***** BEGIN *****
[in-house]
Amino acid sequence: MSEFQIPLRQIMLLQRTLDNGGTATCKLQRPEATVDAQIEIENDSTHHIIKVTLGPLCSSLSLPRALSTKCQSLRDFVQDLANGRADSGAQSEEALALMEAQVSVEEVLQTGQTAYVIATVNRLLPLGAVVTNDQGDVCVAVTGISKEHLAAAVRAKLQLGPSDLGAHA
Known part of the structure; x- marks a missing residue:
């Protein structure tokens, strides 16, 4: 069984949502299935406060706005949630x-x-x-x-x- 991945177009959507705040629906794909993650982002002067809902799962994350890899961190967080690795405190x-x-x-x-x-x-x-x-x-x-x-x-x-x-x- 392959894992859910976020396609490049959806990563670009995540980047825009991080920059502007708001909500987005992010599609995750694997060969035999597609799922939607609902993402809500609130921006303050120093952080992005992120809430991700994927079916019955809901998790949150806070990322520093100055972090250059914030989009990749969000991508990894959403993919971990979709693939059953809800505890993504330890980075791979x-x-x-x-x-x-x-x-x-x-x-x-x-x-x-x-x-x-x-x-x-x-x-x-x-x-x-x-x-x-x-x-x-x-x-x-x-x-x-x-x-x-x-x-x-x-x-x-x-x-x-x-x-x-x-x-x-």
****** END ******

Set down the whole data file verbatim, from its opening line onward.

[in-house]
Amino acid sequence: MSEFQIPLRQIMLLQRTLDNGGTATCKLQRPEATVDAQIEIENDSTHHIIKVTLGPLCSSLSLPRALSTKCQSLRDFVQDLANGRADSGAQSEEALALMEAQVSVEEVLQTGQTAYVIATVNRLLPLGAVVTNDQGDVCVAVTGISKEHLAAAVRAKLQLGPSDLGAHA
Known part of the structure; x- marks a missing residue:
């Protein structure tokens, strides 16, 4: 069984949502299935406060706005949630x-x-x-x-x- 991945177009959507705040629906794909993650982002002067809902799962994350890899961190967080690795405190x-x-x-x-x-x-x-x-x-x-x-x-x-x-x- 392959894992859910976020396609490049959806990563670009995540980047825009991080920059502007708001909500987005992010599609995750694997060969035999597609799922939607609902993402809500609130921006303050120093952080992005992120809430991700994927079916019955809901998790949150806070990322520093100055972090250059914030989009990749969000991508990894959403993919971990979709693939059953809800505890993504330890980075791979x-x-x-x-x-x-x-x-x-x-x-x-x-x-x-x-x-x-x-x-x-x-x-x-x-x-x-x-x-x-x-x-x-x-x-x-x-x-x-x-x-x-x-x-x-x-x-x-x-x-x-x-x-x-x-x-x-």